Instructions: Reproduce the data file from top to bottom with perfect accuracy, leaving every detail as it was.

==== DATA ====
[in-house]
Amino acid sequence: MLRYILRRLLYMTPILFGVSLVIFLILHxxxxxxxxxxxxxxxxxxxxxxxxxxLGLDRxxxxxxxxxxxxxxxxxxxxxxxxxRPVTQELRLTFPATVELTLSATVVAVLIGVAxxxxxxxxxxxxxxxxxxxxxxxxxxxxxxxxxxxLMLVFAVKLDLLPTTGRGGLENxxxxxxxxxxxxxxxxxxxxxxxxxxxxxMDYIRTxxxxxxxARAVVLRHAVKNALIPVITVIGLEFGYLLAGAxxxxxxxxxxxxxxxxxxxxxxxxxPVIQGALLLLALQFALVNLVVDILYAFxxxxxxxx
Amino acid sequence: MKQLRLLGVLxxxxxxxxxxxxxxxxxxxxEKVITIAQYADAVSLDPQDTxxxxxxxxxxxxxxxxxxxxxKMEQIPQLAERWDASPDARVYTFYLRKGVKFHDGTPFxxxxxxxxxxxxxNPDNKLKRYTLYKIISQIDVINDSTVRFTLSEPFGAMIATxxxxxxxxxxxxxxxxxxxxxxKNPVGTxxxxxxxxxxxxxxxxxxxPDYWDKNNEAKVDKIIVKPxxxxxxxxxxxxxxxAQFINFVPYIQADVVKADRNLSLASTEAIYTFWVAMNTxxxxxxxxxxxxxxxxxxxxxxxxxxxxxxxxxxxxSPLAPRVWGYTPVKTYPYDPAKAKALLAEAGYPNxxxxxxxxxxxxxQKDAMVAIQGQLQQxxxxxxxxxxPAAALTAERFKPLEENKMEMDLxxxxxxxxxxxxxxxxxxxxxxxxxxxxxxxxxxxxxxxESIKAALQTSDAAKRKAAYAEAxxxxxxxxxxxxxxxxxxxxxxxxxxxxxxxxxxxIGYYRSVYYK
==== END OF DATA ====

[in-house]
Amino acid sequence: MLRYILRRLLYMTPILFGVSLVIFLILHxxxxxxxxxxxxxxxxxxxxxxxxxxLGLDRxxxxxxxxxxxxxxxxxxxxxxxxxRPVTQELRLTFPATVELTLSATVVAVLIGVAxxxxxxxxxxxxxxxxxxxxxxxxxxxxxxxxxxxLMLVFAVKLDLLPTTGRGGLENxxxxxxxxxxxxxxxxxxxxxxxxxxxxxMDYIRTxxxxxxxARAVVLRHAVKNALIPVITVIGLEFGYLLAGAxxxxxxxxxxxxxxxxxxxxxxxxxPVIQGALLLLALQFALVNLVVDILYAFxxxxxxxx
Amino acid sequence: MKQLRLLGVLxxxxxxxxxxxxxxxxxxxxEKVITIAQYADAVSLDPQDTxxxxxxxxxxxxxxxxxxxxxKMEQIPQLAERWDASPDARVYTFYLRKGVKFHDGTPFxxxxxxxxxxxxxNPDNKLKRYTLYKIISQIDVINDSTVRFTLSEPFGAMIATxxxxxxxxxxxxxxxxxxxxxxKNPVGTxxxxxxxxxxxxxxxxxxxPDYWDKNNEAKVDKIIVKPxxxxxxxxxxxxxxxAQFINFVPYIQADVVKADRNLSLASTEAIYTFWVAMNTxxxxxxxxxxxxxxxxxxxxxxxxxxxxxxxxxxxxSPLAPRVWGYTPVKTYPYDPAKAKALLAEAGYPNxxxxxxxxxxxxxQKDAMVAIQGQLQQxxxxxxxxxxPAAALTAERFKPLEENKMEMDLxxxxxxxxxxxxxxxxxxxxxxxxxxxxxxxxxxxxxxxESIKAALQTSDAAKRKAAYAEAxxxxxxxxxxxxxxxxxxxxxxxxxxxxxxxxxxxIGYYRSVYYK